Our team has been doing a full review of outpatient / inpatient / transfer stats from our department's perspective for Jan-Mar 2012, which was a time period where we saw an epidemic of human metapneumovirus (hMPV) that overlapped an unusually severe season of RSV. We have issued several reports of our experience here in this blog. In Part 2, we explore further the "so what" of operational infectious disease forecasting coupled to early warning.
On the 25th of every month the Ascel Bio Black Canyon Infectious Disease Forecasting Station released forecasts for infectious disease activity specific to our county. RSV and other respiratory pathogens were therefore expected to appear and cause a given level of strain to our medical infrastructure.
From Jan 4th to Feb 10th, we admitted a low number of patients exhibiting typical RSV infection, where we followed American Academy of Pediatrics (AAP) guidelines for the management of RSV: no antibiotics, steriods, with the rare use of inhalers. In the midst of these admissions, the Station issued an advisory for unusual human metapneumovirus activity which at the time was primarily disruptive to the outpatient component of our medical infrastructure.
Then, from Feb 12-16th, multiple back to back admissions presented as typical RSV infections but abruptly decompensated on the floor, precipitating transfers for all of them to the Front Range by fixed wing aircraft. In the midst of this, we were told the Front Range's PICU grid capacity was close to diversion status. It was during this time we had report from the PICU that received our patients they were coinfected with Haemophilus influenzae. One of these patients would later be triply infected with Streptococcus pneumoniae while intubated.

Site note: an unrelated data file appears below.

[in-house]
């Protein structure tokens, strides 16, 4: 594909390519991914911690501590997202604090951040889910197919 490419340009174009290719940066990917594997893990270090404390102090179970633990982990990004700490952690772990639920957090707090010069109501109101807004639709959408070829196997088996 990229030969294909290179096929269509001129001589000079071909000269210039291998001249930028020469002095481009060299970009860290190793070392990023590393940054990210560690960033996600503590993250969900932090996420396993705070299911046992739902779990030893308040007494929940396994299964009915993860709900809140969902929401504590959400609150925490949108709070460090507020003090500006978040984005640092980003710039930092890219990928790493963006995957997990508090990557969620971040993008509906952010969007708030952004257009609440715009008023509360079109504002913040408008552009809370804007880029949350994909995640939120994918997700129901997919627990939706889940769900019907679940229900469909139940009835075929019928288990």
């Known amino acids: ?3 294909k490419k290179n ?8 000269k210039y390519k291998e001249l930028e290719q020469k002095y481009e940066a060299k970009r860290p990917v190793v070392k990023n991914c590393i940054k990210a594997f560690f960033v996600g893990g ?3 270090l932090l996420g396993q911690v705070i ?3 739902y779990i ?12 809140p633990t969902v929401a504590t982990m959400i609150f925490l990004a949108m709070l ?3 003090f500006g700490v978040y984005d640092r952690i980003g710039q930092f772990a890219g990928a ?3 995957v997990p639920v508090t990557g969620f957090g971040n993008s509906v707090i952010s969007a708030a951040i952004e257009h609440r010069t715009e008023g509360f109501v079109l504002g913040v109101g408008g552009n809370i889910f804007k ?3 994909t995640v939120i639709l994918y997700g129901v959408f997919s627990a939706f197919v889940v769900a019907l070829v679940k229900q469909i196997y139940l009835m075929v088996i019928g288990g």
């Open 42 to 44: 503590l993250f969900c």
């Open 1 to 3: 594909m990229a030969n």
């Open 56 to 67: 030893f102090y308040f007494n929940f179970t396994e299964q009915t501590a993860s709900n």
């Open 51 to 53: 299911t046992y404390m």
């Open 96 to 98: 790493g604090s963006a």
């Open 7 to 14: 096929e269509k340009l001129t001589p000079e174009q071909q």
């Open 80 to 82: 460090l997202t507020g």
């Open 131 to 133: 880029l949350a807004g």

On Feb 18th, a warning was issued by the Station, indicating an unusual epidemiological situation now existed for epidemic RSV of high clinical severity. Our department issued guidance to abandon standard AAP protocol for the treatment of RSV and consider the use of antibiotics prophylactically given the apparent high coinfection rate being seen.
Before the warning was issued to all providers with pediatric admitting privledges, our hospital exhibited a 33% transfer rate, all of whom were over the course of four days. Of those transferred, none of the patients were given antibiotics prophylactically upon admission. Forty-six percent of all admissions pre-warning were provided antibiotics for comorbid conditions such as otitis media.
After the warning was issued, the transfer rate dropped to 8%, as now 88% of RSV admissions were provided antibiotics prophylactically. Of total admissions to the hospital during the entire epidemic of RSV, 71% of the admissions were seen during the post-warning period. The 8% who were transferred were placed on antibiotics prophylatically, however it is not clear they were truly infected with RSV.
Adherence to the Station's warning heeded at least a 76% reduction in transfer rates due to RSV during the epidemic.
This is one of the rare examples of operational validity and proof of performance using near real time surveillance coupled to operational forecasting that altered the outcome of an epidemic.